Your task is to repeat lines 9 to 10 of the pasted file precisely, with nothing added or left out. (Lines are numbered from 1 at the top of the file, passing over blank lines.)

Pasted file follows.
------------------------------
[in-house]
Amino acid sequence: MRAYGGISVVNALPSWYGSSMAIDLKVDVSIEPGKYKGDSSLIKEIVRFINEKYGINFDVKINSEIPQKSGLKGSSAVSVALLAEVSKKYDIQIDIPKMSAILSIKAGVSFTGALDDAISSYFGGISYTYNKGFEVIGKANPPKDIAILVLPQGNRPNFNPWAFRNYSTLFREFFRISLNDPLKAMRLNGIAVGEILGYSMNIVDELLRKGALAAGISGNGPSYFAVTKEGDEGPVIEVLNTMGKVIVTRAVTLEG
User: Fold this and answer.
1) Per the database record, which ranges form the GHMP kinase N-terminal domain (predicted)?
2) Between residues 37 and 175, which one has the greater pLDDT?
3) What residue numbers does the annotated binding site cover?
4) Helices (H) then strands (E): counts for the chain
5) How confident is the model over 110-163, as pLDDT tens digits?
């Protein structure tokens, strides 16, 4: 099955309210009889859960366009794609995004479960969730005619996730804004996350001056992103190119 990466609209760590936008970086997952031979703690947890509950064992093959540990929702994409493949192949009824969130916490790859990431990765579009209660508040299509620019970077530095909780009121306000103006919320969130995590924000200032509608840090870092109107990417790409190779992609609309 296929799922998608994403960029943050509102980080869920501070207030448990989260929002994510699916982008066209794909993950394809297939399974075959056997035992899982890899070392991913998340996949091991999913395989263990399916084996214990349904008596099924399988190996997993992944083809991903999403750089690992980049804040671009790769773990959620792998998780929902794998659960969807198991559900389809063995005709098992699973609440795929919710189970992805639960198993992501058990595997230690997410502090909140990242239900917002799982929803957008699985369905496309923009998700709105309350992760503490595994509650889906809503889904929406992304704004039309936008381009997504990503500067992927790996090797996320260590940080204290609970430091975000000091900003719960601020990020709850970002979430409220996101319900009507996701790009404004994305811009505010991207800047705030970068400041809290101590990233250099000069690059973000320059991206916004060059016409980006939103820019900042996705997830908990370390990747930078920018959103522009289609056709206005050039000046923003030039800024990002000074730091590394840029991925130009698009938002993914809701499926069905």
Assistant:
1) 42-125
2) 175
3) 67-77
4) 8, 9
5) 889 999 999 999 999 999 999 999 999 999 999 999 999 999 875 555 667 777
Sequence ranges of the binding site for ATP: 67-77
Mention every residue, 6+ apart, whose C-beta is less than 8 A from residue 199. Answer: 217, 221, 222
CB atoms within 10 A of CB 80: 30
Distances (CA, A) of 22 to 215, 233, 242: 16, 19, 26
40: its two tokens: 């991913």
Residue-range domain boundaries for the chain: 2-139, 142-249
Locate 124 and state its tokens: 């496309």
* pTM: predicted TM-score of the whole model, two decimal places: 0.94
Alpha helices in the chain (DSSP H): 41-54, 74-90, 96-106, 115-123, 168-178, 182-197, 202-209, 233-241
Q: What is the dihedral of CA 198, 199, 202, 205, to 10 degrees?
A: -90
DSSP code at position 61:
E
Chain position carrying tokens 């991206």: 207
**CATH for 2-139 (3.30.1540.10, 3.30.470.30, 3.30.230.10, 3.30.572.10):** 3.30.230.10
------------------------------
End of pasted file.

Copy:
């Protein structure tokens, strides 16, 4: 099955309210009889859960366009794609995004479960969730005619996730804004996350001056992103190119 990466609209760590936008970086997952031979703690947890509950064992093959540990929702994409493949192949009824969130916490790859990431990765579009209660508040299509620019970077530095909780009121306000103006919320969130995590924000200032509608840090870092109107990417790409190779992609609309 296929799922998608994403960029943050509102980080869920501070207030448990989260929002994510699916982008066209794909993950394809297939399974075959056997035992899982890899070392991913998340996949091991999913395989263990399916084996214990349904008596099924399988190996997993992944083809991903999403750089690992980049804040671009790769773990959620792998998780929902794998659960969807198991559900389809063995005709098992699973609440795929919710189970992805639960198993992501058990595997230690997410502090909140990242239900917002799982929803957008699985369905496309923009998700709105309350992760503490595994509650889906809503889904929406992304704004039309936008381009997504990503500067992927790996090797996320260590940080204290609970430091975000000091900003719960601020990020709850970002979430409220996101319900009507996701790009404004994305811009505010991207800047705030970068400041809290101590990233250099000069690059973000320059991206916004060059016409980006939103820019900042996705997830908990370390990747930078920018959103522009289609056709206005050039000046923003030039800024990002000074730091590394840029991925130009698009938002993914809701499926069905």
Assistant: